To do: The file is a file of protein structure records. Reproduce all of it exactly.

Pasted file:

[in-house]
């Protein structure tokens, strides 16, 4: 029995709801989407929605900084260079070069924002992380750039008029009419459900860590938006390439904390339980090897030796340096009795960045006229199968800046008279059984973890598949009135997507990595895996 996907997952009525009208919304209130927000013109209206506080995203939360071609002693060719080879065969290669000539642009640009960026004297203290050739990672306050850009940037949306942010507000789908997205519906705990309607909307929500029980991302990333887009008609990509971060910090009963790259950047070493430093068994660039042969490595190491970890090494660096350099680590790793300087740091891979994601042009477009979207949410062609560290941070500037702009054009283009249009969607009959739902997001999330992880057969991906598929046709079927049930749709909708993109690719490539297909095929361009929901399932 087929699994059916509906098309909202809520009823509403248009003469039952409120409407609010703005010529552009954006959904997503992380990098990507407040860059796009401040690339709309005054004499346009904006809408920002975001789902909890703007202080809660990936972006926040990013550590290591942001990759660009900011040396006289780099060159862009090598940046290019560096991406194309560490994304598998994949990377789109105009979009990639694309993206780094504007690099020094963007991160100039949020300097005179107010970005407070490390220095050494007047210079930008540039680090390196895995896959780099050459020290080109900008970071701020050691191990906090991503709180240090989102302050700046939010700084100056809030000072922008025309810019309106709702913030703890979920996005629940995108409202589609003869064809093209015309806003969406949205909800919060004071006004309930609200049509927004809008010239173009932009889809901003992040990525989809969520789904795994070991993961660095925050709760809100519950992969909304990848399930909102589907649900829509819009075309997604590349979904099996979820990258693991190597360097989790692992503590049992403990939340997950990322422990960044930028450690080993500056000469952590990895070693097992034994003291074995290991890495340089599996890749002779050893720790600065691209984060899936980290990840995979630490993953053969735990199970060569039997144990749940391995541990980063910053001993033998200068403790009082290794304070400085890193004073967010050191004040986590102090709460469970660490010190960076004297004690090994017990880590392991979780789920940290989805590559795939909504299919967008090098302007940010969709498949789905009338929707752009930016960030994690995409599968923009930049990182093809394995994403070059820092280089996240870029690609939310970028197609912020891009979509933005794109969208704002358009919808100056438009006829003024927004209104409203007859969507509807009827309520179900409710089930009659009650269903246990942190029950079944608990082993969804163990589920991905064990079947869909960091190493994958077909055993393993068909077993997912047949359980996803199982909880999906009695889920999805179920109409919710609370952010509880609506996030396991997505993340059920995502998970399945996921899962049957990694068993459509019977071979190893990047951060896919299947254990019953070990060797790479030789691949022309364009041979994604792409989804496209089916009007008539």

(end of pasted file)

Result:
[in-house]
């Protein structure tokens, strides 16, 4: 029995709801989407929605900084260079070069924002992380750039008029009419459900860590938006390439904390339980090897030796340096009795960045006229199968800046008279059984973890598949009135997507990595895996 996907997952009525009208919304209130927000013109209206506080995203939360071609002693060719080879065969290669000539642009640009960026004297203290050739990672306050850009940037949306942010507000789908997205519906705990309607909307929500029980991302990333887009008609990509971060910090009963790259950047070493430093068994660039042969490595190491970890090494660096350099680590790793300087740091891979994601042009477009979207949410062609560290941070500037702009054009283009249009969607009959739902997001999330992880057969991906598929046709079927049930749709909708993109690719490539297909095929361009929901399932 087929699994059916509906098309909202809520009823509403248009003469039952409120409407609010703005010529552009954006959904997503992380990098990507407040860059796009401040690339709309005054004499346009904006809408920002975001789902909890703007202080809660990936972006926040990013550590290591942001990759660009900011040396006289780099060159862009090598940046290019560096991406194309560490994304598998994949990377789109105009979009990639694309993206780094504007690099020094963007991160100039949020300097005179107010970005407070490390220095050494007047210079930008540039680090390196895995896959780099050459020290080109900008970071701020050691191990906090991503709180240090989102302050700046939010700084100056809030000072922008025309810019309106709702913030703890979920996005629940995108409202589609003869064809093209015309806003969406949205909800919060004071006004309930609200049509927004809008010239173009932009889809901003992040990525989809969520789904795994070991993961660095925050709760809100519950992969909304990848399930909102589907649900829509819009075309997604590349979904099996979820990258693991190597360097989790692992503590049992403990939340997950990322422990960044930028450690080993500056000469952590990895070693097992034994003291074995290991890495340089599996890749002779050893720790600065691209984060899936980290990840995979630490993953053969735990199970060569039997144990749940391995541990980063910053001993033998200068403790009082290794304070400085890193004073967010050191004040986590102090709460469970660490010190960076004297004690090994017990880590392991979780789920940290989805590559795939909504299919967008090098302007940010969709498949789905009338929707752009930016960030994690995409599968923009930049990182093809394995994403070059820092280089996240870029690609939310970028197609912020891009979509933005794109969208704002358009919808100056438009006829003024927004209104409203007859969507509807009827309520179900409710089930009659009650269903246990942190029950079944608990082993969804163990589920991905064990079947869909960091190493994958077909055993393993068909077993997912047949359980996803199982909880999906009695889920999805179920109409919710609370952010509880609506996030396991997505993340059920995502998970399945996921899962049957990694068993459509019977071979190893990047951060896919299947254990019953070990060797790479030789691949022309364009041979994604792409989804496209089916009007008539």